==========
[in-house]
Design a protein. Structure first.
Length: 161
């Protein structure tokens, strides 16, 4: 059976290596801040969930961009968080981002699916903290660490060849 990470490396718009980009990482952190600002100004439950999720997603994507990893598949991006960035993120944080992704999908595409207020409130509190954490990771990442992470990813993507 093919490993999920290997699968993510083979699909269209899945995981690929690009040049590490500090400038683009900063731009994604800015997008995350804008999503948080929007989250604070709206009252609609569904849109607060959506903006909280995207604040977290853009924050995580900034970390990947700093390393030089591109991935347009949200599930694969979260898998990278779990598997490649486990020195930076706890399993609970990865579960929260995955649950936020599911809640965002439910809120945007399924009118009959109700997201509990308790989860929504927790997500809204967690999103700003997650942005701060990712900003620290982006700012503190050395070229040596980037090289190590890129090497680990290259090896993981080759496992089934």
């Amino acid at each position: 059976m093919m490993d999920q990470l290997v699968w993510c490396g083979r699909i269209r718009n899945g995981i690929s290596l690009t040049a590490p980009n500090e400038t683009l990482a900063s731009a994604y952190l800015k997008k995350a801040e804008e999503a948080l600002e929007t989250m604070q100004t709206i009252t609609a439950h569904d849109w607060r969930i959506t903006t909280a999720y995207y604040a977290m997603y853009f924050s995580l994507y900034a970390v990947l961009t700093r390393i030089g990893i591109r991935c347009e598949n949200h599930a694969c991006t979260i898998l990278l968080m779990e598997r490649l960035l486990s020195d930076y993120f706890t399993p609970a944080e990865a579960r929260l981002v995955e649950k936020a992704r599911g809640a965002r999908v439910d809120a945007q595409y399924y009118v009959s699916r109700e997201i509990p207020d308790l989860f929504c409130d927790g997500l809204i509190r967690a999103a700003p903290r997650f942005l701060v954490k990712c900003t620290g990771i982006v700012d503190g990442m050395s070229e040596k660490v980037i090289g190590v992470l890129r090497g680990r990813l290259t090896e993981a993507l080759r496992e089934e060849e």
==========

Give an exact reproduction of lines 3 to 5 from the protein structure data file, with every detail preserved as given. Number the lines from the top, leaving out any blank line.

Length: 161
């Protein structure tokens, strides 16, 4: 059976290596801040969930961009968080981002699916903290660490060849 990470490396718009980009990482952190600002100004439950999720997603994507990893598949991006960035993120944080992704999908595409207020409130509190954490990771990442992470990813993507 093919490993999920290997699968993510083979699909269209899945995981690929690009040049590490500090400038683009900063731009994604800015997008995350804008999503948080929007989250604070709206009252609609569904849109607060959506903006909280995207604040977290853009924050995580900034970390990947700093390393030089591109991935347009949200599930694969979260898998990278779990598997490649486990020195930076706890399993609970990865579960929260995955649950936020599911809640965002439910809120945007399924009118009959109700997201509990308790989860929504927790997500809204967690999103700003997650942005701060990712900003620290982006700012503190050395070229040596980037090289190590890129090497680990290259090896993981080759496992089934």
């Amino acid at each position: 059976m093919m490993d999920q990470l290997v699968w993510c490396g083979r699909i269209r718009n899945g995981i690929s290596l690009t040049a590490p980009n500090e400038t683009l990482a900063s731009a994604y952190l800015k997008k995350a801040e804008e999503a948080l600002e929007t989250m604070q100004t709206i009252t609609a439950h569904d849109w607060r969930i959506t903006t909280a999720y995207y604040a977290m997603y853009f924050s995580l994507y900034a970390v990947l961009t700093r390393i030089g990893i591109r991935c347009e598949n949200h599930a694969c991006t979260i898998l990278l968080m779990e598997r490649l960035l486990s020195d930076y993120f706890t399993p609970a944080e990865a579960r929260l981002v995955e649950k936020a992704r599911g809640a965002r999908v439910d809120a945007q595409y399924y009118v009959s699916r109700e997201i509990p207020d308790l989860f929504c409130d927790g997500l809204i509190r967690a999103a700003p903290r997650f942005l701060v954490k990712c900003t620290g990771i982006v700012d503190g990442m050395s070229e040596k660490v980037i090289g190590v992470l890129r090497g680990r990813l290259t090896e993981a993507l080759r496992e089934e060849e």